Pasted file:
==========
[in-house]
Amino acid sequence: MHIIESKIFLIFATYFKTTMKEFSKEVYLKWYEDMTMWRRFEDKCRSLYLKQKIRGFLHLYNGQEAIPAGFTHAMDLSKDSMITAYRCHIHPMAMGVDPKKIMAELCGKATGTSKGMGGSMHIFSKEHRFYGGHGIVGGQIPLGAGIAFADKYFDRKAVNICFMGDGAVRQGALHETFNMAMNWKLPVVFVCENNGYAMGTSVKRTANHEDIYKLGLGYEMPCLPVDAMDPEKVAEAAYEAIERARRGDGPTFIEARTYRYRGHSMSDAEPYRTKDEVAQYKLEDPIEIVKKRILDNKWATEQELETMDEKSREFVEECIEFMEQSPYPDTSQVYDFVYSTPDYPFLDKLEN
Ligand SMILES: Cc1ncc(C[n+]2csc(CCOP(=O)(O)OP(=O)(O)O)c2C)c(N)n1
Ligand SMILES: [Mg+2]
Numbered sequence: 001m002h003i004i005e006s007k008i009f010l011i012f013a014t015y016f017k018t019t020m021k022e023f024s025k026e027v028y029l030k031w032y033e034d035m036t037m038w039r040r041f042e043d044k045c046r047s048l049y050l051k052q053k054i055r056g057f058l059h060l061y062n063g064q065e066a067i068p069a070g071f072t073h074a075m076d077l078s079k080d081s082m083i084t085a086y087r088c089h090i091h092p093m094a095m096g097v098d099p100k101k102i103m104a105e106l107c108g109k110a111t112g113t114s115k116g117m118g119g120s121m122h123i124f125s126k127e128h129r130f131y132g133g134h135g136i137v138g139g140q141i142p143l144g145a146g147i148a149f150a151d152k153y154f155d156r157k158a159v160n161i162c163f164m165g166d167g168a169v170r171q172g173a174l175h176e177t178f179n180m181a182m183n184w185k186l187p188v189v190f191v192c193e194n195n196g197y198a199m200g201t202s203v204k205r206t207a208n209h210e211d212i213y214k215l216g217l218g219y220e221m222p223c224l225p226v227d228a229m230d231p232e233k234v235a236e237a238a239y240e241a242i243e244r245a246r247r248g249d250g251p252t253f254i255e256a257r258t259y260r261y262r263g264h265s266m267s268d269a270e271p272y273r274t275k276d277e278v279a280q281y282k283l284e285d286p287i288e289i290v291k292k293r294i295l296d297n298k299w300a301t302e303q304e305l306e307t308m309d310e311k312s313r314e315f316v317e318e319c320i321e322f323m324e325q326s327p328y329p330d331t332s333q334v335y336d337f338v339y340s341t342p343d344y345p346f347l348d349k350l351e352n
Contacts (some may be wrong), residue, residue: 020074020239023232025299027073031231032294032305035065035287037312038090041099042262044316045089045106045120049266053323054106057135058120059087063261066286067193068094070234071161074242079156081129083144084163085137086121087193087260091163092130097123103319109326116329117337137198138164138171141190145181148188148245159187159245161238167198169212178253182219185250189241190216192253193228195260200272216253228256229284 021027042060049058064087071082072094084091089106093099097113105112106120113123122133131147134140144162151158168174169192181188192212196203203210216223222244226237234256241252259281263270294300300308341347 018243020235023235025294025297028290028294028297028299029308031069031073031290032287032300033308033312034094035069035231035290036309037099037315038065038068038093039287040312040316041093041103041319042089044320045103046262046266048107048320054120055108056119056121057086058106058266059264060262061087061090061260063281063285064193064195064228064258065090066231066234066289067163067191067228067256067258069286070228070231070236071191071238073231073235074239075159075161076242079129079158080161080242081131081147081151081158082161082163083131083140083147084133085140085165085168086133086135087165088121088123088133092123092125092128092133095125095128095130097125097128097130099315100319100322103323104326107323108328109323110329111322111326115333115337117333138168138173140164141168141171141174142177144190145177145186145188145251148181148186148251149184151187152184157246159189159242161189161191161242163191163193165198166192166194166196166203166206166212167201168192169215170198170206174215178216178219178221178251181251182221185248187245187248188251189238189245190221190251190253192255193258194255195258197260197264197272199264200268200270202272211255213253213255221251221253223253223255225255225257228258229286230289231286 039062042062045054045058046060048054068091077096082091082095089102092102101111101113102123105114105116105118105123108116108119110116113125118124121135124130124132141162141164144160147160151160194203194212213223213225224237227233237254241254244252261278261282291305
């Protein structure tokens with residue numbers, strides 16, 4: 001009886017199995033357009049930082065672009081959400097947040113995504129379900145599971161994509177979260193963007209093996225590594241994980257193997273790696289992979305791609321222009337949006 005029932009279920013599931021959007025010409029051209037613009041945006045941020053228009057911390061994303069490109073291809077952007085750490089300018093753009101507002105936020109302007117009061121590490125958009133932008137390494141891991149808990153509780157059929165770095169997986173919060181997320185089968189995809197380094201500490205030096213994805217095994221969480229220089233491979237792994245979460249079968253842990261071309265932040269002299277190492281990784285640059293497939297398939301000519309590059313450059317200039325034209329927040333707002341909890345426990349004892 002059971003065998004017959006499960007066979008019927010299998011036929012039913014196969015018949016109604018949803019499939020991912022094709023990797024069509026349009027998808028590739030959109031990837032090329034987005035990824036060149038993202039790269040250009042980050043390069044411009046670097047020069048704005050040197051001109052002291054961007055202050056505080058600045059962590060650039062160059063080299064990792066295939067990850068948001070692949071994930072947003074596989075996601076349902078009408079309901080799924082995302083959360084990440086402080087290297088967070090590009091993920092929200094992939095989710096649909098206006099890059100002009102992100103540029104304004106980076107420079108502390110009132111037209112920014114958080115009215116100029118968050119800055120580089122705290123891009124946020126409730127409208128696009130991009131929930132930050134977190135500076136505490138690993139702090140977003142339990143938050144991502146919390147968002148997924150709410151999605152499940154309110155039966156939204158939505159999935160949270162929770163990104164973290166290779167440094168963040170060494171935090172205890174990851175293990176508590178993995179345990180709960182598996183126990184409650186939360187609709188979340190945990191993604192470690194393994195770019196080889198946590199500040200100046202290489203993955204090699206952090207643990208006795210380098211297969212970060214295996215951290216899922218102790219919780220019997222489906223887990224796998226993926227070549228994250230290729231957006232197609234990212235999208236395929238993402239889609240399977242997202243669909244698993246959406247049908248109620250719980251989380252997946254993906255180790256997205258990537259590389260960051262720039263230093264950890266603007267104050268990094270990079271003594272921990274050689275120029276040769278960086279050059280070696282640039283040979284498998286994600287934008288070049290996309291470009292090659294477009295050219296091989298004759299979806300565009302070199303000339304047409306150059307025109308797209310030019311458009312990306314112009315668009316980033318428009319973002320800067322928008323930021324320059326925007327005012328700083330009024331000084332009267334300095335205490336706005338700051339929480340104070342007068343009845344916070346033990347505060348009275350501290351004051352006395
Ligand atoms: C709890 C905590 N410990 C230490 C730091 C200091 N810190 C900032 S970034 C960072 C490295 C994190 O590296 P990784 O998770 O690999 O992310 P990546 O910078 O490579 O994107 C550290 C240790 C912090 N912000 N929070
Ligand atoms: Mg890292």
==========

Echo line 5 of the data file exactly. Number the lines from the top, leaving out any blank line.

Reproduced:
Numbered sequence: 001m002h003i004i005e006s007k008i009f010l011i012f013a014t015y016f017k018t019t020m021k022e023f024s025k026e027v028y029l030k031w032y033e034d035m036t037m038w039r040r041f042e043d044k045c046r047s048l049y050l051k052q053k054i055r056g057f058l059h060l061y062n063g064q065e066a067i068p069a070g071f072t073h074a075m076d077l078s079k080d081s082m083i084t085a086y087r088c089h090i091h092p093m094a095m096g097v098d099p100k101k102i103m104a105e106l107c108g109k110a111t112g113t114s115k116g117m118g119g120s121m122h123i124f125s126k127e128h129r130f131y132g133g134h135g136i137v138g139g140q141i142p143l144g145a146g147i148a149f150a151d152k153y154f155d156r157k158a159v160n161i162c163f164m165g166d167g168a169v170r171q172g173a174l175h176e177t178f179n180m181a182m183n184w185k186l187p188v189v190f191v192c193e194n195n196g197y198a199m200g201t202s203v204k205r206t207a208n209h210e211d212i213y214k215l216g217l218g219y220e221m222p223c224l225p226v227d228a229m230d231p232e233k234v235a236e237a238a239y240e241a242i243e244r245a246r247r248g249d250g251p252t253f254i255e256a257r258t259y260r261y262r263g264h265s266m267s268d269a270e271p272y273r274t275k276d277e278v279a280q281y282k283l284e285d286p287i288e289i290v291k292k293r294i295l296d297n298k299w300a301t302e303q304e305l306e307t308m309d310e311k312s313r314e315f316v317e318e319c320i321e322f323m324e325q326s327p328y329p330d331t332s333q334v335y336d337f338v339y340s341t342p343d344y345p346f347l348d349k350l351e352n